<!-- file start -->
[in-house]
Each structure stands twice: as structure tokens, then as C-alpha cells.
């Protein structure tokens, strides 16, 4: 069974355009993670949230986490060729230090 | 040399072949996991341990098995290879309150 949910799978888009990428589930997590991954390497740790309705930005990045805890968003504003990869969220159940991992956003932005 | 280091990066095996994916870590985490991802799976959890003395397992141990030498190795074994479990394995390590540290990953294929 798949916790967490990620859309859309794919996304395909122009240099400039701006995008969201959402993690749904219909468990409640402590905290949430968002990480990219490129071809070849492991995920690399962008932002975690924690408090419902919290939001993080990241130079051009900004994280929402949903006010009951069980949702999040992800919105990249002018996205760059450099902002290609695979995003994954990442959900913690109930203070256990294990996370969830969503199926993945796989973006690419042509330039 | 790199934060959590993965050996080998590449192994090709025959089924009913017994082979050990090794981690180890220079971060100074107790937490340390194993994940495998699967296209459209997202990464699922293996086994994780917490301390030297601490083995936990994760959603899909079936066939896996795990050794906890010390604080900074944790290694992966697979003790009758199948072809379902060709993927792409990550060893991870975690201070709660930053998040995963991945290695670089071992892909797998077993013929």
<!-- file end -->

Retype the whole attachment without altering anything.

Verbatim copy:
[in-house]
Each structure stands twice: as structure tokens, then as C-alpha cells.
């Protein structure tokens, strides 16, 4: 069974355009993670949230986490060729230090 | 040399072949996991341990098995290879309150 949910799978888009990428589930997590991954390497740790309705930005990045805890968003504003990869969220159940991992956003932005 | 280091990066095996994916870590985490991802799976959890003395397992141990030498190795074994479990394995390590540290990953294929 798949916790967490990620859309859309794919996304395909122009240099400039701006995008969201959402993690749904219909468990409640402590905290949430968002990480990219490129071809070849492991995920690399962008932002975690924690408090419902919290939001993080990241130079051009900004994280929402949903006010009951069980949702999040992800919105990249002018996205760059450099902002290609695979995003994954990442959900913690109930203070256990294990996370969830969503199926993945796989973006690419042509330039 | 790199934060959590993965050996080998590449192994090709025959089924009913017994082979050990090794981690180890220079971060100074107790937490340390194993994940495998699967296209459209997202990464699922293996086994994780917490301390030297601490083995936990994760959603899909079936066939896996795990050794906890010390604080900074944790290694992966697979003790009758199948072809379902060709993927792409990550060893991870975690201070709660930053998040995963991945290695670089071992892909797998077993013929």